Sunday, July 24, 2011

I want OFF this damn rollercoaster! Can you help?

Next week the students come back and I will be in teaching mode again. That will be exhausting but challenging work which I'm looking forward to.

The week just gone has been absolutely frenetic, with last minute course prep (still not done, and it's Sunday!), moving the entire Art department into a newly refurbished facility, oh yeah, and 3 days of compulsory academic staff training!! It's been super nuts.

I know my diabetes control has been degrading. It's like, seriously crappy at the moment. Here's the last 7 days for you:

(Apologies for having to twist your neck to see that!)

As you can see, I'm all over the map. There are some trends, which I guess are a blessing as it may just mean the Lantus (basal) dose is screwed up:

Massive peaks and troughs = massive headaches, tiredness, grumpiness, and brain-fogginess :(

So what I'm doing about it is some intensive tracking and analysis to see if I can figure out where the hell I'm going so wrong. I've just purchased Diabetes Diary for iPhone and that's where I got the pretty graphs. Have to say that so far, I'm liking this app the best of all. And I've tried most of them!

I'd been using the Insulin Calcilator app, made by the same folks ( for nearly a year now and I credit it with a 1.5% drop in my HbA1c, so I figured their diary app was worth a shot too. I like how the two apps work together. I can take a bloodsugar test, enter the results into the Insulin Calculator, then just press a button and it transfers all the data across to the Diabetes Diary, where I can add more info and make adjustments. Cool eh? :)

I think it's really good that I'm back in intensive analysis mode, because if 10+ bloodsugar tests a day aren't giving nice smooth control there must be something else going on. And I can't find it without graphs, averages, and data to help me.

Let's be clear: I test constantly. I inject semi-religiously, and I track it all in my paper log book:

But that doesn't give the instant clarity of a graph, or the insight of weekly averages. I hope this system helps. I suspect it will. I've done this intensive analysis thingy before and it has always had positive results, even if only minor.

BTW, if you can spot any major issues for me by looking at the graphs, please let me know in the comments. All help on nutting this one out is appreciated. :)

I take Lantus twice a day (11u breakfast, 9u dinner), and bolus with Humalog. I'm incredibly sensitive to changes in insulin, and am on child-size doses of Humalog. My I:C ratio is 1:14. I eat between 90 - 180g carbs per day including emergency food like juice and stuff. I walk, weather permitting :P And I work hard and get pretty stressed out at times, which never helps. Anything else you would like to know so you can help, let me know in the comments. Cheers everyone.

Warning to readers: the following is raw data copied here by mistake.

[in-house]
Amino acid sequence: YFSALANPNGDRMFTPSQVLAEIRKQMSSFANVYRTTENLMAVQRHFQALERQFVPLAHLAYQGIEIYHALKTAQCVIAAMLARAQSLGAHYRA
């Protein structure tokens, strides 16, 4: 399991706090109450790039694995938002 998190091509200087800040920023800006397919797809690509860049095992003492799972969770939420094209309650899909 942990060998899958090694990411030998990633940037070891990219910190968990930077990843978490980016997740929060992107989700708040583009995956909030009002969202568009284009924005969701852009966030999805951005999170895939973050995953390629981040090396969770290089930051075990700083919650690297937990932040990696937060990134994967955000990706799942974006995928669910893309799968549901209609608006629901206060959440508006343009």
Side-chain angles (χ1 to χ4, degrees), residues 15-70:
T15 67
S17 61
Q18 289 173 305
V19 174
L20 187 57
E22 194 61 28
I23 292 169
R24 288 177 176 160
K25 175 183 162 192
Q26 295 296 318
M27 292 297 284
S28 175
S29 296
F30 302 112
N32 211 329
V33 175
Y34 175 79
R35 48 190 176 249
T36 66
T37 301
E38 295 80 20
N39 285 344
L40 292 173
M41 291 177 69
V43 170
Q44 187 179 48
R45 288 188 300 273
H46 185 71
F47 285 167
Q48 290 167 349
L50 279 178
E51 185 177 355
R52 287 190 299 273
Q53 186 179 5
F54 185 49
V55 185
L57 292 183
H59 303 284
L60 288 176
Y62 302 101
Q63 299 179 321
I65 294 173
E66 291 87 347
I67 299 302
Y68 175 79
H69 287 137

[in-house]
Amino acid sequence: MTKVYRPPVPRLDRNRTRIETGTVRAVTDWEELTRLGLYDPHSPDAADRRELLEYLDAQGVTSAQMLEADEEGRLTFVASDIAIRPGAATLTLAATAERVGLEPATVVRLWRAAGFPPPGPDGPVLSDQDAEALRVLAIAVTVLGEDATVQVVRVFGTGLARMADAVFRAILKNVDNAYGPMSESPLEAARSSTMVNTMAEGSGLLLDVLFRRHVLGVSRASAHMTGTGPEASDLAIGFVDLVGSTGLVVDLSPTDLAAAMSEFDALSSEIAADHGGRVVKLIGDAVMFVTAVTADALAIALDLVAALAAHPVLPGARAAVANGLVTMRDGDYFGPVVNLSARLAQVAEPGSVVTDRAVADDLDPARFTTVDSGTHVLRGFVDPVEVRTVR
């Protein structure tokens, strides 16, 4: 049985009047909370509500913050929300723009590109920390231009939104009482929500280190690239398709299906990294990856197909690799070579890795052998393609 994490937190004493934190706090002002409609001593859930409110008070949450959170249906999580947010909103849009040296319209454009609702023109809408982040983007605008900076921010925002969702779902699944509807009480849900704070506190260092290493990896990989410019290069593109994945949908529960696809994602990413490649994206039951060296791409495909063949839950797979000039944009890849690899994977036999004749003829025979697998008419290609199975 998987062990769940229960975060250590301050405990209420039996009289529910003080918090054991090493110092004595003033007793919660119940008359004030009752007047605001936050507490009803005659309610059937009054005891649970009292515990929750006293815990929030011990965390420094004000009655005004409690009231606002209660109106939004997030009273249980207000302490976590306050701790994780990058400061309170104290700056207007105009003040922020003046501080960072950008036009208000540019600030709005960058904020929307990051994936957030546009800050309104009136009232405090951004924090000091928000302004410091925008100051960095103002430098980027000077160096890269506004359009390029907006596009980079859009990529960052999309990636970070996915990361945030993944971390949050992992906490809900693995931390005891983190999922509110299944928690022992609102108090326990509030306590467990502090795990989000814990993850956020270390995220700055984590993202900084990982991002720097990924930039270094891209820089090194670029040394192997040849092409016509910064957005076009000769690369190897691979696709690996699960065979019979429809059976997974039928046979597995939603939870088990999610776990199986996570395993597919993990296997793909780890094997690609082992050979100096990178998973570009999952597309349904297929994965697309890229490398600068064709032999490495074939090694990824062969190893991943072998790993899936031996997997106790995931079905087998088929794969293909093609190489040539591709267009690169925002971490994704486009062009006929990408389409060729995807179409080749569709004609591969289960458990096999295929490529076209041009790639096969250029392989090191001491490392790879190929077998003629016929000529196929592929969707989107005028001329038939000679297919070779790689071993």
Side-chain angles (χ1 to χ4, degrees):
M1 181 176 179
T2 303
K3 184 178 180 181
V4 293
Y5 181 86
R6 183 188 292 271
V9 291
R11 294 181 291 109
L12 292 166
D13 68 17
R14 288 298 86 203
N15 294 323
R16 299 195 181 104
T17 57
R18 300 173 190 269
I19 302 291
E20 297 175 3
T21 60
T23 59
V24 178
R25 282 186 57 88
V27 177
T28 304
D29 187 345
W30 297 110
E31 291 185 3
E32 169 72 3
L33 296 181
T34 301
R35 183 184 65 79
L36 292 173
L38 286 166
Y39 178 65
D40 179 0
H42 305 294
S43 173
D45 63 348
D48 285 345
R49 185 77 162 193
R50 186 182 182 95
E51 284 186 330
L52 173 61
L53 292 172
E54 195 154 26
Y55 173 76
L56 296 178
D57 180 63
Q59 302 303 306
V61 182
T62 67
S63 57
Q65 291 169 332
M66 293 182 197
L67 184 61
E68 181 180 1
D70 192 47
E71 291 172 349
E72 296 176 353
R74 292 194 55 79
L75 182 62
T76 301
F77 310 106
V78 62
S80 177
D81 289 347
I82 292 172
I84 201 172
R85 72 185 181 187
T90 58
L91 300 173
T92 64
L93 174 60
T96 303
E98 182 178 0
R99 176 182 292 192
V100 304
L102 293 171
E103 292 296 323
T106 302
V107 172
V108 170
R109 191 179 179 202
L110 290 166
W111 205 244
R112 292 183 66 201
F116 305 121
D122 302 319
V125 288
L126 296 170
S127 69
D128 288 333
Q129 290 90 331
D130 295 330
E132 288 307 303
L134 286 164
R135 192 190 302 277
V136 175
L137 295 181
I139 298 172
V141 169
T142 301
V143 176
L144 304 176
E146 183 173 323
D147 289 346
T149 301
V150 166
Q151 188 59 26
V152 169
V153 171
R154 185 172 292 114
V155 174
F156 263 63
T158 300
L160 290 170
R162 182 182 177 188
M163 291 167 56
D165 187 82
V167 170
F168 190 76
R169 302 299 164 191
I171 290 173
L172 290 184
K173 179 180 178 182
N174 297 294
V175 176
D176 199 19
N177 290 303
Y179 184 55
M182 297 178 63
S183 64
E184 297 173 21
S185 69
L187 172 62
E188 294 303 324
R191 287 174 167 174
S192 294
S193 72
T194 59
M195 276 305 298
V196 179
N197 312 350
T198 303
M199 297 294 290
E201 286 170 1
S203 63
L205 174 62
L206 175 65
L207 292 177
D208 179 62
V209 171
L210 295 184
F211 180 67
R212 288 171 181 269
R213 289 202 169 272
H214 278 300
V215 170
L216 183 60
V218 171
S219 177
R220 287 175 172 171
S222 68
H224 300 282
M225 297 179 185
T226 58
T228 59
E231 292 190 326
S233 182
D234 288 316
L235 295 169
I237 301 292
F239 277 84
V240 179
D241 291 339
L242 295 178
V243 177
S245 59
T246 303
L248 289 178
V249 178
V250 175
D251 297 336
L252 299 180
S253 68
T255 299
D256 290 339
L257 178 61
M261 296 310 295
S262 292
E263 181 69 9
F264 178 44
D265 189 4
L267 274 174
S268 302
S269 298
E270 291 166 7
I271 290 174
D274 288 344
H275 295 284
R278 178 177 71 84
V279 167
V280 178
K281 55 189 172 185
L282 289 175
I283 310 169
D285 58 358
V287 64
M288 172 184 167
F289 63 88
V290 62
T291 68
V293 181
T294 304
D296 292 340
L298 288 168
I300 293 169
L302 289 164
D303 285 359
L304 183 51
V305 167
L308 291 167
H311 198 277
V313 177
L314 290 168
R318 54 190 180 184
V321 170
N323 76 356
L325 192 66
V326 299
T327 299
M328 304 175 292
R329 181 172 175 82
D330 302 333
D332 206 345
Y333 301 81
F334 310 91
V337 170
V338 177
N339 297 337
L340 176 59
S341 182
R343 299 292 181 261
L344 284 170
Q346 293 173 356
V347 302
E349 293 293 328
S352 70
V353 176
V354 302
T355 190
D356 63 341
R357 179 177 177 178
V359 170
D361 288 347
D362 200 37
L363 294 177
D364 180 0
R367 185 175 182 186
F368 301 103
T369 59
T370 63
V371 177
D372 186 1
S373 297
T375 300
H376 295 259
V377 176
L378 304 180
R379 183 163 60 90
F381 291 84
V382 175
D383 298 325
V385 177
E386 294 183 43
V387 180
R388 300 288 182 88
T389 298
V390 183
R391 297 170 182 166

- Posted using BlogPress from my iPhone

Thursday, July 7, 2011

VIDEO: IVF: Lord Winston on private fertility treatment costs

I've just watched this video from the BBC:

It's Lord Robert Winston talking about the "massive profiteering" by private fertility clinics in the UK.

I see many parallels with what is going on in the UK with the NZ system, and if what Winston says is true about the amount of "markup" the private clinics are putting on the cost of treatments coupled with the fact that the (UK) NHS often relies on the private clinics' costings (rather than doing their own costings) to set prices for public treatment, then that could also be true for NZ.

It would be VERY interesting for NZ government/politicians/tax payers-at-large to know three things:
1) How much fertility treatment costs
2) How many people are denied (timely) treatment
3) How much the NZ tax payer ends up paying to fund the treatments it DOES fund, since they are pretty much being charged private-treatment costs. (i.e. not "at cost" procedures, but rather, procedures with some form of markup for profit)
4) How many more people could be funded per year in NZ if the NZ tax payer was only charged for funded procedures at COST price, not private prices.

Gosh, it would be good to get some common sense here.

In other news, I'm studying a paper on cultural contexts of learning for my Diploma in Tertiary  Teaching. I missed the first class where the other students were asked for homework to bring in an object which represented them / their culture / part of their culture.

People brought along favourite songs, sculptures, photos, foods, tools etc. I missed that first class, so I had not brought anything. My turn came round and I scrabbled in my handbag. Of course! I pulled out my test kit and log book (yup, still use a paper one).

And so proceeded a very cool, very impromptu, and very blow-the-rest-of-them-out-of-the-water talk about type 1 diabetes, how it affects me, and how I use the test kit. I even did a demonstration! (Made sure to ask if anyone was squeamish about blood first). Everyone was a bit stunned that I could talk so passionately like that, but they asked some very interesting questions. We discussed the "Diabetes Police", the difference between Type 1 and Type 2 and how they're different diseases, how it feels to go low, whether finger-pricking hurts, how I am starting to advocate for type 1 diabetics, what I could offer as a teacher to diabetic students on campus, what insulin pumps are, and a bit about the research and clinical trials of Professor Bob Elliot of LCT Global.

It was nice.

And when the next student apologised because her object was a sweet flan, and she was assuming I couldn't have any! Not true! My Mum always said that I can eat pretty much anything, as long as I'm prepared to inject enough for it. I nearly ripped the spoon out of her hand to get a taste! haha. NEVER come between me and a dessert!